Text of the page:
Since teachers leaving the profession seems to have had no effect on you, I have decided to stay. But let me make this clear: I am staying not because of you, but despite you. 

After 23 years, and with 7 left to go before retirement, I am staying, but on my terms, not yours. 

I am staying in teaching despite the fact that our entire system is obsessed with standardized tests.I am staying despite the fact that these tests have little-to-no validity, narrow the curriculum to only what’s tested, and are set up to make kids fail; despite the fact that the results of the tests are mostly beyond my control but are now 50% of my evaluation; despite the fact that the tests have changed from year to year and the cut scores and results have been arbitrarily tinkered with; despite the fact that testing now takes up about 1/4 of the school year in my class; despite being exiled and sent to a portable for several weeks so that my class room can be used for computer testing; despite the fact that the testing actually interferes with the real teaching and learning I know needs to happen for my students. I don’t teach to the test: I teach against it. I tell my students that the test is meaningless drivel. Surprisingly, this usually results in them performing better. They don’t feel so stressed about it.

I stay despite the fact that you want us to turn students into data points and analyze their performance on individual multiple choice questions that don’t really show us whether they can think about something for real, but show us instead whether they can think like the adults that wrote the questions to try to trick them. I stay despite your attempts to make students feel lousy about themselves. I tell them to ignore their scores and focus on the brilliant insights they have during class discussion, the books they have read and enjoyed without any tests afterward, the writing they have done about topics they care about to reach a real audience.

I stay despite your attempts to kill teacher creativity by making us follow curriculum maps, which are really just documents designed to enforce our use of standardized textbooks and workbooks so that publishers can make money. My best teaching comes out of the interaction between my knowledge of how reading and writing work, my knowledge of how teaching works, my knowledge of my students and their interests and shortcomings, and my own creativity. I create units that tap into universal human concerns (happiness, success, power) and expose students to questions and ideas they need to lead better lives (having a growth mindset, defining success, the power of education). I choose essays, stories, and plays that get them to really think both about what they read and about their own lives and life in general, and that also provide them with models of great writing. I create writing exercises that get them thinking and also teach specific writing skills. I give them freedom to choose their own topics. I let them be creative. (I once had a former student I ran into introduce me to a friend as “the only teacher who ever let me be creative.”) I design a school year that builds layers of skills and complex ideas, so that by the end of the year, students read something new and make associations back to things we read and talked about in September. This is what excites me about teaching–what my students and I create together: great shared reading experiences, writing that is compelling, fun, and publishable, fascinating discussions. I stay and continue to do these things, because when I try to just follow someone else’s idea of what a lesson or unit or school year should look like, it falls flat.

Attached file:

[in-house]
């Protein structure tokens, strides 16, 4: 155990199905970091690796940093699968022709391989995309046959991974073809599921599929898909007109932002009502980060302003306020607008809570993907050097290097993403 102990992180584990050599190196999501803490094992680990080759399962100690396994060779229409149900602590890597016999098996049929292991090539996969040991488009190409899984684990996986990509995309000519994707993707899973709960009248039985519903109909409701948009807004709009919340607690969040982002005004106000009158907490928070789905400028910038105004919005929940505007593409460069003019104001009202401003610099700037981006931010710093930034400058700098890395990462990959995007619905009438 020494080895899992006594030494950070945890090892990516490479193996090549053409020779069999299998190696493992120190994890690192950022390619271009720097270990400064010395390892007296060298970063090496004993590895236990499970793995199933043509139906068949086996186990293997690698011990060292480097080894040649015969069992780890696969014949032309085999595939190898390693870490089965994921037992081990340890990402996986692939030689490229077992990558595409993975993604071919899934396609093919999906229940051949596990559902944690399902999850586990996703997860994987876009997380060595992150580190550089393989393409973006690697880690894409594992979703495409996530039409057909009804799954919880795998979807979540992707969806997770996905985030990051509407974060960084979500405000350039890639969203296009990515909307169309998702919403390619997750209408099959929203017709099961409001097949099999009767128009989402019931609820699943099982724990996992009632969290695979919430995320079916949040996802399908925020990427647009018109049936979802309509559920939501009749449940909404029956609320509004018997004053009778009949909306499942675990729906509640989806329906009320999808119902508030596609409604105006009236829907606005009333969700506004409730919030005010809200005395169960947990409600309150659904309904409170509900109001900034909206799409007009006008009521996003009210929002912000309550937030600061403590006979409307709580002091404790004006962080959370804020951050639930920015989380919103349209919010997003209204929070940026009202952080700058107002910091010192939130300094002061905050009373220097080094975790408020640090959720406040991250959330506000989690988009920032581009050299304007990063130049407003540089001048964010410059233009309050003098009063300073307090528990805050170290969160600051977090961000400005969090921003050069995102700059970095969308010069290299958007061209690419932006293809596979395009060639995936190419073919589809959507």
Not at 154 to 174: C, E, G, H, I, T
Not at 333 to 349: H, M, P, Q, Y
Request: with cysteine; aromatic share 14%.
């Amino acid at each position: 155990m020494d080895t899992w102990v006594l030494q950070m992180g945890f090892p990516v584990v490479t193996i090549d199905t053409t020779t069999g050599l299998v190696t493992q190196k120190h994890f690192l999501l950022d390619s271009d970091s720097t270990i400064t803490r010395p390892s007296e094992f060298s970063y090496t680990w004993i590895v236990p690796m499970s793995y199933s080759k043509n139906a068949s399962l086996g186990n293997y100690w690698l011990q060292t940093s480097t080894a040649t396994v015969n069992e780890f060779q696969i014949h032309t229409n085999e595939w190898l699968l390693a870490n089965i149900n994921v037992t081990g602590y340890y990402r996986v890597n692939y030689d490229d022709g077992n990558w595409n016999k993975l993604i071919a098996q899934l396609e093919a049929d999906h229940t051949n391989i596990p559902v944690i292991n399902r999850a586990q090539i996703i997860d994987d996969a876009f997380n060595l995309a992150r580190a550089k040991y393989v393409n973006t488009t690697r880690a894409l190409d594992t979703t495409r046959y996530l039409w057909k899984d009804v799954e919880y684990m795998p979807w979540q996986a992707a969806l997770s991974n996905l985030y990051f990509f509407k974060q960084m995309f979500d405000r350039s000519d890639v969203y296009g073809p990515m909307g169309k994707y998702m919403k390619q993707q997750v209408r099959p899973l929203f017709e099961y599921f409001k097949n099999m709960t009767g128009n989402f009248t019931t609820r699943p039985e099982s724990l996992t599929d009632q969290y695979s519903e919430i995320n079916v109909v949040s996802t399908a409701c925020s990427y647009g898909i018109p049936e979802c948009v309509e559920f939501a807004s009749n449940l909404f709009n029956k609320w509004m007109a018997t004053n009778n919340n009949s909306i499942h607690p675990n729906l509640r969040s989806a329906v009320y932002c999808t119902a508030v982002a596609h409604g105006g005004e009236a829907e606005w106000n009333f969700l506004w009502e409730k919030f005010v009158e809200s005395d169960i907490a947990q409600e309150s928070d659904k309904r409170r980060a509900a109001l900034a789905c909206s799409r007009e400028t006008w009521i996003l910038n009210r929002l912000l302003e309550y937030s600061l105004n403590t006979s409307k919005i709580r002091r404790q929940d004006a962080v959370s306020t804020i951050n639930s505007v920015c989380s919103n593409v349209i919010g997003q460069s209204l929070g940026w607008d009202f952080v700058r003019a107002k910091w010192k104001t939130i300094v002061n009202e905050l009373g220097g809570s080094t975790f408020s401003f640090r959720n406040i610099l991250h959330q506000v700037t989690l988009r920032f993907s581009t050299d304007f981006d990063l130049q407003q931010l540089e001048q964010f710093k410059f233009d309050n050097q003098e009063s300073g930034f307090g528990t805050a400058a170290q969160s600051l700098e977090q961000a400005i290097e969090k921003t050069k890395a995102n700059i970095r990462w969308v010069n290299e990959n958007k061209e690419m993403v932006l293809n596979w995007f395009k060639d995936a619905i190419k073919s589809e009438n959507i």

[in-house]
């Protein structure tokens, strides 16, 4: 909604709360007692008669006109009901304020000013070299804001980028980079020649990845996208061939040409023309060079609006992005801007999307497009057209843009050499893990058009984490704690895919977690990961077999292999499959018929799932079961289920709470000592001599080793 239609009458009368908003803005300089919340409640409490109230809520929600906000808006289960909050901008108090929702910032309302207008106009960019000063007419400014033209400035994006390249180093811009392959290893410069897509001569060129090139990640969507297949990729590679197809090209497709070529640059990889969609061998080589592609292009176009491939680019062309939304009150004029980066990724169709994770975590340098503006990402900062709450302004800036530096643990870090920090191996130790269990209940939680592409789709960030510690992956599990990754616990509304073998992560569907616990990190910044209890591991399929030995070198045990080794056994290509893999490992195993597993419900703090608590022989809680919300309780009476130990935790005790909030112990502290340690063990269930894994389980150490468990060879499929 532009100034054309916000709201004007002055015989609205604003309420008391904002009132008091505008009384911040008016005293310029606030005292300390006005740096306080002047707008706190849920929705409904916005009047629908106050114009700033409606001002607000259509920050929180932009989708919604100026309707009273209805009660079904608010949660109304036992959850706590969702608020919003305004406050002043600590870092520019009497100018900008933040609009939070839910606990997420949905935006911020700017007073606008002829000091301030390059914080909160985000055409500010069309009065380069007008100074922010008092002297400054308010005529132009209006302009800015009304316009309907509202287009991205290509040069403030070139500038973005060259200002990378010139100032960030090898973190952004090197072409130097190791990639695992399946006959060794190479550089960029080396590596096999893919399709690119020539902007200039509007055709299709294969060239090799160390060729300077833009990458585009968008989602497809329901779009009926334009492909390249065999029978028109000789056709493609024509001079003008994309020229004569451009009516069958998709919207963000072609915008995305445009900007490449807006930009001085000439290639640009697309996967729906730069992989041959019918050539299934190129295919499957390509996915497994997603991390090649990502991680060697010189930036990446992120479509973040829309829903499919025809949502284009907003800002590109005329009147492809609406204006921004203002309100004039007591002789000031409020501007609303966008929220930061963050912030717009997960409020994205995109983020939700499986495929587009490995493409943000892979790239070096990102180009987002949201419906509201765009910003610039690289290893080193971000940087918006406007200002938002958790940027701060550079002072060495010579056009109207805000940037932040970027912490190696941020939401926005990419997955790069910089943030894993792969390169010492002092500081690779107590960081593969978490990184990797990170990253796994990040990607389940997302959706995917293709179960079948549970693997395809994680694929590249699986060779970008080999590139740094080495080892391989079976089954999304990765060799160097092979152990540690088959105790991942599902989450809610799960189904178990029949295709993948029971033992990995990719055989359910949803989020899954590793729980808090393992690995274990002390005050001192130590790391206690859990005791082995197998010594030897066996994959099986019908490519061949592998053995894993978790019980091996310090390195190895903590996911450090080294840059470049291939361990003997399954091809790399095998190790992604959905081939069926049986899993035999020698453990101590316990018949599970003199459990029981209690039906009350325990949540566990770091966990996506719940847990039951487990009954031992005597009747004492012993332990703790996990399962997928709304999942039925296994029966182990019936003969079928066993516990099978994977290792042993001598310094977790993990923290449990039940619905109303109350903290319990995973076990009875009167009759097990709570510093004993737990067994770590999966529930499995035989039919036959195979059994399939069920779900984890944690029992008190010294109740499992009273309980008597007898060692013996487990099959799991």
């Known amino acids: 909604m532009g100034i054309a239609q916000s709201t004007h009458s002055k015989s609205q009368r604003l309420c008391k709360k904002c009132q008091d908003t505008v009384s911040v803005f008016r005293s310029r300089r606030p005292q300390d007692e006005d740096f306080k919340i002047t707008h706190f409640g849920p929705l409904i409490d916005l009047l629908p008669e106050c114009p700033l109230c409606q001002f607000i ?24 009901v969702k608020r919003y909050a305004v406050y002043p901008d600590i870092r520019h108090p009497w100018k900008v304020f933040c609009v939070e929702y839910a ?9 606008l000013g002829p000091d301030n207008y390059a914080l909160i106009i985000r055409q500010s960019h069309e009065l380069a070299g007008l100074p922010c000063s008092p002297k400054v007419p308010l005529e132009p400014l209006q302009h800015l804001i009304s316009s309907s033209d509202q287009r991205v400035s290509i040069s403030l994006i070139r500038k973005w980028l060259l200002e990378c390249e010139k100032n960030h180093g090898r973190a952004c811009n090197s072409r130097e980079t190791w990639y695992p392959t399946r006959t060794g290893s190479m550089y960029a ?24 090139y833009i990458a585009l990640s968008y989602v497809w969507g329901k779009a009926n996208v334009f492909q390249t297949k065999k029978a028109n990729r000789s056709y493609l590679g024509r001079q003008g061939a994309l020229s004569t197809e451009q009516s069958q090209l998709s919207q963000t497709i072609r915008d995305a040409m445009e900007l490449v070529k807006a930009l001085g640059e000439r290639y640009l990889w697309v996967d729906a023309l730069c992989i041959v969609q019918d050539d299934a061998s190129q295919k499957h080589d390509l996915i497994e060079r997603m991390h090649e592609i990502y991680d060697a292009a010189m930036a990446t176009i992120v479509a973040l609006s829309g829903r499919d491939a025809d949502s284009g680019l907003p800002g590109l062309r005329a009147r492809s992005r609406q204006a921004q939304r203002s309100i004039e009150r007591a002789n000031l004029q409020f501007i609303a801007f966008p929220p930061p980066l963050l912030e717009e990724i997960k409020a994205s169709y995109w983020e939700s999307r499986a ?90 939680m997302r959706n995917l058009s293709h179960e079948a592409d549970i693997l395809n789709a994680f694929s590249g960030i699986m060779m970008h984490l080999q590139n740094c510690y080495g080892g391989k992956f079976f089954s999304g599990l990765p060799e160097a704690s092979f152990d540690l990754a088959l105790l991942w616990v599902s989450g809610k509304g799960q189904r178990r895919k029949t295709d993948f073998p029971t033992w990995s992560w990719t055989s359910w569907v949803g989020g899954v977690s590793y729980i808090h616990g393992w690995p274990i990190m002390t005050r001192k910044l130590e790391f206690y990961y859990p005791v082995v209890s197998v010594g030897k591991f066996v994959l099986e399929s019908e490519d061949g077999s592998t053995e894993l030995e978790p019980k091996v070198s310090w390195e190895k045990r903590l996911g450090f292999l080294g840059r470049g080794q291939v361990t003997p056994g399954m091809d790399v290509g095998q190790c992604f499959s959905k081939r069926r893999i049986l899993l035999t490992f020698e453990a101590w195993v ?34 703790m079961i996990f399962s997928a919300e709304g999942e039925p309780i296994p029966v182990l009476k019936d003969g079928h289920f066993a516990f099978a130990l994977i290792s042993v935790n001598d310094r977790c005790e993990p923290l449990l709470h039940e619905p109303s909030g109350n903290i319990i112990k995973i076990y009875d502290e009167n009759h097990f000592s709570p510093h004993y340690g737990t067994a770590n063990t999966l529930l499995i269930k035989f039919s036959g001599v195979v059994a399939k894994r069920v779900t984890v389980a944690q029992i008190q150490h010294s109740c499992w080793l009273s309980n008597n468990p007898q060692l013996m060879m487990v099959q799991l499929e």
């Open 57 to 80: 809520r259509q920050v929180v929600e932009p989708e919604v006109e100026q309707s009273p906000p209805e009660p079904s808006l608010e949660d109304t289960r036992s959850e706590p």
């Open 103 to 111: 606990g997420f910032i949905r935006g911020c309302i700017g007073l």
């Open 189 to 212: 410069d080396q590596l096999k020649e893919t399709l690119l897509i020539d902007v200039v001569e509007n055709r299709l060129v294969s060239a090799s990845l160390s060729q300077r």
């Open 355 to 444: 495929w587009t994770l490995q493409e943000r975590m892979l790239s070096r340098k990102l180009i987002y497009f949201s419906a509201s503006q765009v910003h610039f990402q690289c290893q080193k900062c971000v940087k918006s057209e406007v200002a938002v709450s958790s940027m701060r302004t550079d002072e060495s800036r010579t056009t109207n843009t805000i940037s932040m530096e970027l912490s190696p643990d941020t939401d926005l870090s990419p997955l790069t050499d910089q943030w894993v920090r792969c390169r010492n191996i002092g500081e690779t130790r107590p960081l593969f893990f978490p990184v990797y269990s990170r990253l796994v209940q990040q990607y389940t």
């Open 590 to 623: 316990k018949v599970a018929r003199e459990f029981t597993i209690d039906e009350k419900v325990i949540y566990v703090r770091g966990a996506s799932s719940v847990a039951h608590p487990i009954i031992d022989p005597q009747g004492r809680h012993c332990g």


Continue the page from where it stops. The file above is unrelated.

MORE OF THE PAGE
I stay despite your attempts to control what I do in the classroom. When you micromanage me, you make me less of a teacher. It is breathtaking hypocrisy to tell us exactly how to teach, and then tell us we are responsible for the results. Whoever controls the process controls the results. If you tell me how to teach, then you are responsible for the outcomes, not me. Of course, I don’t do what the system tells me to do. I teach my own way, and get better test results than many of my more standardized peers. A Florida teacher was once asked how she got such great test results. Her answer: “By not doing anything you say.” Exactly. Very seldom has anyone asked me how I get the results I do, though. 

I stay despite the fact that the education reform agenda takes the kids most in need of enrichment, arts activities, and field studies, and puts them in remedial classes that rob them of their electives. Our most successful students are successful because of the ways people have invested in them with enriching, motivating activities not tied directly to test scores. We need to invest in our lowest students with more enrichment activities, not more test prep. The system you have created is actually harming them. I work against that by trying to create an enriching atmosphere in my class. I run a cartooning club and a drama/play-writing club. I try to make up for what your policies have taken from them. 

I stay despite your attempts to kill student creativity by making us focus on testing skills to the point that arts classes are cut or are turned into just another test-prep class that leads up to a ridiculous end-of-course exam. We really need elementary school students writing about how colors show emotion in paintings? How about actually letting them paint instead?